Philippines disowns call to boycott Chinese products

Paterno Esmaquel II
Philippines disowns call to boycott Chinese products
The Philippines says the South China Sea dispute 'should not be the sum total' of its ties with China, its biggest source of imports

MANILA, Philippines – The Philippines has disowned a call to boycott products from China, its biggest source of imports, in the face of a dispute between Manila and Beijing over the West Philippine Sea (South China Sea).

“The independent drive to boycott China-made products is an initiative of certain sectors in the Philippines and other parts of the world who are exercising their right to free expression,” the Philippine Department of Foreign Affairs (DFA) said in a statement Monday, June 22.

The DFA added: “Both the Philippines and China have taken the position that the South China Sea dispute should not be the sum total of their relations. Our two countries have agreed to abstract the South China Sea dispute for a separate treatment and to allow the other areas of our bilateral relations to move forward.”

The statement comes after Filipino groups urged a boycott of Chinese products to protest the Asian giant’s island building and other activities in the West Philippine Sea.

Former National Security Adviser Roilo Golez told ABS-CBN News, “By doing the boycott, we are showing China that we are angry with what they are doing in the West Philippine Sea.”

Three years ago, a group of US-based Filipinos also pushed for a boycott of Chinese products. “We are being oppressed by them,” US Pinoys for Good Governance chairperson Loida Nicolas Lewis said.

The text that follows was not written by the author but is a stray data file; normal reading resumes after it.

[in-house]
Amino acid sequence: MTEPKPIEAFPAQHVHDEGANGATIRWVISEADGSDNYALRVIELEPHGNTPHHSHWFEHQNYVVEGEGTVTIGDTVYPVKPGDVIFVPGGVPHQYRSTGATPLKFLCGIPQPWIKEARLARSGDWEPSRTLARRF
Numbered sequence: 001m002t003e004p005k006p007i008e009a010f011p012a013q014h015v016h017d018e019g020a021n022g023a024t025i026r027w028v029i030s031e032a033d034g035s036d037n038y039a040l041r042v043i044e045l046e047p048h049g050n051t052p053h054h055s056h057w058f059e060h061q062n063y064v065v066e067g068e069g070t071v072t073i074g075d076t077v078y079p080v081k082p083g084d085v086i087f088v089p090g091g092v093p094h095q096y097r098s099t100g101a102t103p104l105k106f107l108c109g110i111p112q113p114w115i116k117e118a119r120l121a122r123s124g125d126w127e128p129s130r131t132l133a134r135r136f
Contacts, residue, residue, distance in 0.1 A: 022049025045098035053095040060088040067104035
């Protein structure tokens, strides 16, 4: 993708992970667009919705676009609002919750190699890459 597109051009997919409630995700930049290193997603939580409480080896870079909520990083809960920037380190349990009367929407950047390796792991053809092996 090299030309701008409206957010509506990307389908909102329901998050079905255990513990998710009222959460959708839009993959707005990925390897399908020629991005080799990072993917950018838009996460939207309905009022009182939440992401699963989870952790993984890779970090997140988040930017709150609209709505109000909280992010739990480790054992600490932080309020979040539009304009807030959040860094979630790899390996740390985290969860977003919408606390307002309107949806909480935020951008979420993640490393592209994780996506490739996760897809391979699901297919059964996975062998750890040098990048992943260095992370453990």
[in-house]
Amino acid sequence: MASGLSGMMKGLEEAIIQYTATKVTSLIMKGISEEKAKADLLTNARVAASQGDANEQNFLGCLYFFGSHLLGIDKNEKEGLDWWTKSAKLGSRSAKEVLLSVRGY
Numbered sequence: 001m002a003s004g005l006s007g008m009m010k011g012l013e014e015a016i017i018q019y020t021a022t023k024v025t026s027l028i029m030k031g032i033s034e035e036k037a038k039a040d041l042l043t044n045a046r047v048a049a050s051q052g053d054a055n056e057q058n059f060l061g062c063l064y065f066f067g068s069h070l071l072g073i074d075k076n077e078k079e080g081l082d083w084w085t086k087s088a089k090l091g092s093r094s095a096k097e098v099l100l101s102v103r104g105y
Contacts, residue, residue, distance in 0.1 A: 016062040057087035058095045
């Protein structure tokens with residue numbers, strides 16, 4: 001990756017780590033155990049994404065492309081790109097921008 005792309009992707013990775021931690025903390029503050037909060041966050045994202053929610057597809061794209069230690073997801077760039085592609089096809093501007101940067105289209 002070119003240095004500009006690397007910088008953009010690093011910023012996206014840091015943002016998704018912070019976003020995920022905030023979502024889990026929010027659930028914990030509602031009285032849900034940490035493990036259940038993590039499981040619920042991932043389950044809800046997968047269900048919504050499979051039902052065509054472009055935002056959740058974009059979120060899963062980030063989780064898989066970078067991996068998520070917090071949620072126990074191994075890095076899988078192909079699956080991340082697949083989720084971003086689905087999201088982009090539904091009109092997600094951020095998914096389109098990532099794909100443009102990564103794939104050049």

‘Destined to be friends’

While critics call for a boycott of Chinese products, however, China remains one of the Philippines’ biggest trading partners.

China, as of March, is the Philippines’ biggest source of imports.

In a speech in March, Chinese Ambassador to the Philippines Zhao Jianhua pointed out that over the past 40 years, trade between the two countries has enjoyed a “560 times growth.”

Philippine statistics also show that 1.5% of the Philippine population comes from the ethnic Chinese community. Many others as well have Chinese ancestry. The richest man in the Philippines, Henry Sy, and other top Filipino businessmen also come from Chinese families.

Zhao said, “We are destined to be friends and partners.”

The Philippines and China marked 40 years of diplomacy on June 9.

But Philippine President Benigno Aquino III’s latest remarks, comparing China to Nazi Germany, prompted Filipino-Chinese businessmen to cancel a huge celebration of this anniversary. –

Add a comment

Sort by

There are no comments yet. Add your comment to start the conversation.


Paterno Esmaquel II

Paterno R. Esmaquel II, news editor of Rappler, specializes in covering religion and foreign affairs. He obtained his MA Journalism degree from Ateneo and later finished MSc Asian Studies (Religions in Plural Societies) at RSIS, Singapore. For story ideas or feedback, email him at